Chicago introduces “pubic shaming” energy benchmarking laws
Starting next year, owners of buildings in Chicago larger than 50,000 square feet will be required to disclose energy use through EPA’s Energy Star Portfolio Manager benchmarking tool. Opponents have called this a kind of “public shaming” but evidence seems to show that benchmarking is working.
According to the EPA, energy use declined by 7% in the 35,000 buildings that used the Portfolio Manager tool to benchmark energy performance from 2008 to 2011. Currently, large buildings make up less than 1% of Chicago’s landscape but account for 22% of total energy consumption.
Chicago follows Boston, NYC, Washington, D.C., Philadelphia, Austin, Minneapolis, San Francisco and Seattle; and two states (California and Washington) in enacting benchmarking laws. If you have buildings in Chicago, contact your Great Forest representative to see how this new law affects you.
Take note if you have buildings in D.C. The District Department of the Environment (DDOE) will be publishing the results of public building benchmarking. The first year of commercial disclosure (over 150,000 SF) coincides with the second year of District building reporting. By 2014, all District buildings over 50,000 square feet will fall under this requirement.
New York launches $1 billion Green Bank to transform energy system
Looking to encourage the growth of clean energy beyond the current incentive model, New York has launched a $1 billion Green Bank to fund clean energy projects. The bank is expected to open for business in early 2014. The fund is designed to lift typical barriers to financing onsite renewables and major reconstruction projects that meet certain efficiency requirements. Clean onsite generation options are expected to grow as the market matures and the fund becomes self-sustaining. Watch this space for more case studies in NY and beyond, featuring solar, energy storage and conversion projects in development.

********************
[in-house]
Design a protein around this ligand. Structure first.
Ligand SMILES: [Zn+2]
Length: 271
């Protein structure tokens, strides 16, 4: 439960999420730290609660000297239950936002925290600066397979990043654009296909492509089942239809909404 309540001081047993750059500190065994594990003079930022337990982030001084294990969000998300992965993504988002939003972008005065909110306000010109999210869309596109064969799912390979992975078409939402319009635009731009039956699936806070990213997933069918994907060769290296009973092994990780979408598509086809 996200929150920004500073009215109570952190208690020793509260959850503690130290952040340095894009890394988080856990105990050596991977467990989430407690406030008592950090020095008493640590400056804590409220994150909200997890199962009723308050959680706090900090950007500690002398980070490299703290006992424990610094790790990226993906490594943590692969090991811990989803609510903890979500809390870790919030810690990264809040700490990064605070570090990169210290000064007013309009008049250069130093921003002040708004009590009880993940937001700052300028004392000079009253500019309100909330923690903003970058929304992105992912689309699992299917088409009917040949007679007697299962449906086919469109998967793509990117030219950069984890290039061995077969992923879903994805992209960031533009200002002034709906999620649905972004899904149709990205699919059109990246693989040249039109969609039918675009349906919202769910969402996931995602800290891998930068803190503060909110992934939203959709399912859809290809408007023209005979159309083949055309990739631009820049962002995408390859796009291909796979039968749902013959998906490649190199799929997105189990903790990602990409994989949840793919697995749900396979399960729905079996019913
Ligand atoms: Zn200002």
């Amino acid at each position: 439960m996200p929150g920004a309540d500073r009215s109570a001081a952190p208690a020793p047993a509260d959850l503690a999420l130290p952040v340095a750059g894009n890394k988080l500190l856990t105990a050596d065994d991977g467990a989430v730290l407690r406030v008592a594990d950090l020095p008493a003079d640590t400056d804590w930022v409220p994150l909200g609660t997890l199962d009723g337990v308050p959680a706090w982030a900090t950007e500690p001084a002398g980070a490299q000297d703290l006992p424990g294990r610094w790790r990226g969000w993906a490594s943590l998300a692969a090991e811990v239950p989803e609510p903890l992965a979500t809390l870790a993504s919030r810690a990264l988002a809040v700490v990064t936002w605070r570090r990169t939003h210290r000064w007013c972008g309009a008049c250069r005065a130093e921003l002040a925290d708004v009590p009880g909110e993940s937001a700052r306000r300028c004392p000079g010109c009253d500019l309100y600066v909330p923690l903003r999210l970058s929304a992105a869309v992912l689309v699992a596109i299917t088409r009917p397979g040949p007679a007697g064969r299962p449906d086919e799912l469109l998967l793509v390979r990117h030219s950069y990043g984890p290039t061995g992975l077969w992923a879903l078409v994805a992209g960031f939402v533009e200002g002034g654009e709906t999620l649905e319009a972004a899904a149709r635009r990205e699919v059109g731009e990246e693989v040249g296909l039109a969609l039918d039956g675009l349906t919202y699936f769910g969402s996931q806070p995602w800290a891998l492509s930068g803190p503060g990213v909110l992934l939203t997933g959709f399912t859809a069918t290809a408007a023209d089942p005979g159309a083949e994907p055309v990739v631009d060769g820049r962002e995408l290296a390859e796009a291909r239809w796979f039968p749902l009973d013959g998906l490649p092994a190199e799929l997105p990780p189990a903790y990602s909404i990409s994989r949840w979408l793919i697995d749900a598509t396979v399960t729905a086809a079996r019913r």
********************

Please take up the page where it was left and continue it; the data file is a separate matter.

NYC heads into accelerated compliance for Local Law 87
NYC LL87 (2009) compliance and resulting efficiency work is well underway with our covered 2013 client properties. See audit submittal forms here. While New York will likely have to wait a few more years to see the benefits from large scale efficiency efforts undertaken, hints of what is to come can be seen in a case study of San Francisco, which has had energy audits and benchmarking on the books since 2007. “Evaluation of the Air Quality Co-benefits of Local Greenhouse Gas Reduction Measures: A Case Study of San Francisco”–may reveal actionable data for NYC and other municipalities. The table on page 62 in particular shows interesting details about air quality benefits in dollars per ton of GHG reduced. The benefit for commercial and residential loan programs, energy efficiency services and renewable goals averages $43/MTC02e (metric tons), second only to electric vehicle infrastructure at $53/metric ton. We can expect to see as great or greater benefit to the NY region as has been tabulated in San Francisco from increased efficiency of the built environment. Contact your Great Forest representative for any questions about LL87 compliance.
Established in 2011 by the Department of Energy, Philadelphia’s Energy Efficient Buildings Hub is a multi-year research, development, and demonstration initiative focused on developing the means and methods to reduce energy use in commercial buildings by 20% by 2020. Currently two demonstration buildings (one retrofit and one new construction) are being created and are expected to be ready by spring 2014. Check the EEB Hub site for various useful resources and reports.